1. A method for the disposal of combustible and dilute aqueous wastes in which potable Water and useful power are produced comprising establishing and maintaining a lirst xfluidized bed of an inert material by passing air upwardly therethrough, boiling water in said lluidized bed -by burning combustible waste and conventional fuel therein, establishing and maintaining a second uidized bed of an inert material by passing a portion of the steam produced in the first uidized bed upwardly therethrough, introducing dilute aqueous wastes into said second uidized bed, evaporating the water from said dilute aqueous wastes by owing the remainder of the steam produced in the first iluidized bed through the second tluidized bed in indirect heat exchange with said dilute aqueous Wastes, preheating the dilute aqueous wastes prior to introducing them into the second iluidized bed with the hot water condensed in the second uidized bed from steam produced in the rst fluidized bed, returning the condensed water to the first uidized bed to be reboiled along with makeup water, establishing and maintaining a third lluidized bed of an inert material by passing a portion of the steam produced in the second fluidized bed upwardly therethrough, introducing dilute aqueous Wastes into said third lluidized bed, evaporating the Water from said dilute aqueous wastes by flowing the remainder of the steam produced in the second fluidized bed through the third iluidized bed in indirect heat exchange with said dilute aqueous wastes, preheating the dilute aqueous Wastes prior to their introduction into the third fluidized bed with the hot water condensed in the third fluidized bed from steam produced in the second uidized bed generating power from the steam developed in the third fluidized bed and recovering the spent steam from the second and third iiuidized beds as product water.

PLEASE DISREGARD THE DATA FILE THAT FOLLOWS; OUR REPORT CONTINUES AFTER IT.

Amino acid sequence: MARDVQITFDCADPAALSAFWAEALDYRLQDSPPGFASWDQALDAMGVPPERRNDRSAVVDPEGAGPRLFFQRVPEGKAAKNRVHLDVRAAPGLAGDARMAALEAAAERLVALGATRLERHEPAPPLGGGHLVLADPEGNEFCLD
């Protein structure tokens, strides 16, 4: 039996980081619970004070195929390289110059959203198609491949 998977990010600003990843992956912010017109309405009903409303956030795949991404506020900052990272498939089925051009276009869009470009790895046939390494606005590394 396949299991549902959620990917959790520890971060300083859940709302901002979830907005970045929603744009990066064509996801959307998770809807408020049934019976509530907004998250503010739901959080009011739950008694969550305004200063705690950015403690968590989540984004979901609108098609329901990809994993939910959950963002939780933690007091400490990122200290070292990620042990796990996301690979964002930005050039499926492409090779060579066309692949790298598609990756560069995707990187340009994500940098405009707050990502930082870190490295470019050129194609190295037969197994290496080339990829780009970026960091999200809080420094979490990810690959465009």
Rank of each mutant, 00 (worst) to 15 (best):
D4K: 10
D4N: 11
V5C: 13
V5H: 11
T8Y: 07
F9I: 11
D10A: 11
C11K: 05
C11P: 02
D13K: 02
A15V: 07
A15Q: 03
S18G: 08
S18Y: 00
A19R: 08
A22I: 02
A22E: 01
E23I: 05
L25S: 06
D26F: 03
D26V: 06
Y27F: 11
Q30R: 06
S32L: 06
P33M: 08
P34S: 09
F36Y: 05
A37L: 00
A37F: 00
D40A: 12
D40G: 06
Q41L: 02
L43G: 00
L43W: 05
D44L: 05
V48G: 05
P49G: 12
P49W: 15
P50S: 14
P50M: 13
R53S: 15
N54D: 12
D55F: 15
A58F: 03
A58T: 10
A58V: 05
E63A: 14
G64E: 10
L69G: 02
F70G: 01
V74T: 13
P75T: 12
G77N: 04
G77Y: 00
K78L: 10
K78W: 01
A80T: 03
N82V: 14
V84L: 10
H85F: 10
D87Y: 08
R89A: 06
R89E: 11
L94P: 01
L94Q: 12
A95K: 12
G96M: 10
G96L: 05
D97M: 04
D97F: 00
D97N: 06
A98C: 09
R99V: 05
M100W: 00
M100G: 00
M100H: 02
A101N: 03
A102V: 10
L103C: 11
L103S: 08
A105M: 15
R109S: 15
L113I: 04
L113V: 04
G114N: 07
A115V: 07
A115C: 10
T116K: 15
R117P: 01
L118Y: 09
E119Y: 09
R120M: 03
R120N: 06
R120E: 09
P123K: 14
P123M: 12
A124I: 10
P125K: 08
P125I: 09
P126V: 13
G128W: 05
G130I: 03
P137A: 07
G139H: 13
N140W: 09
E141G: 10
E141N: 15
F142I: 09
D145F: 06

2. Method according to claim 1 wherein combustible solids obtained in both stages of the iiuidized bed evaporator are fed to the tiuidized-bed steam generator.
References Cited UNITED STATES PATENTS 3,306,236 2/1967 Campbell 110-8 R 3,491,822 1/1970 Ramaswami 159-Dig. 3 3,438,869 4/ 1969 Saavedra 203-10 3,323,575 6/1967 Greeneld 110-8 R 3,467,587 9/ 1969 Connell 203-Dig. 20 3,489,652 1/1970 Williamson 203-Dig. 20
NORMAN YUDKOFF, Primary Examiner F. SEVER, Assistant Examiner U.S. Cl. X.R.
--l08; 11G-8 R; 203-23, 25
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|U.S. Classification||203/11, 203/23, 203/25, 110/346, 159/DIG.300, 159/DIG.390|
|International Classification||B01J8/24, C02F1/16, C02F1/04|
|Cooperative Classification||Y10S159/03, B01J8/24, C02F1/048, C02F1/16, Y10S159/39|
|European Classification||C02F1/04Z, B01J8/24, C02F1/16|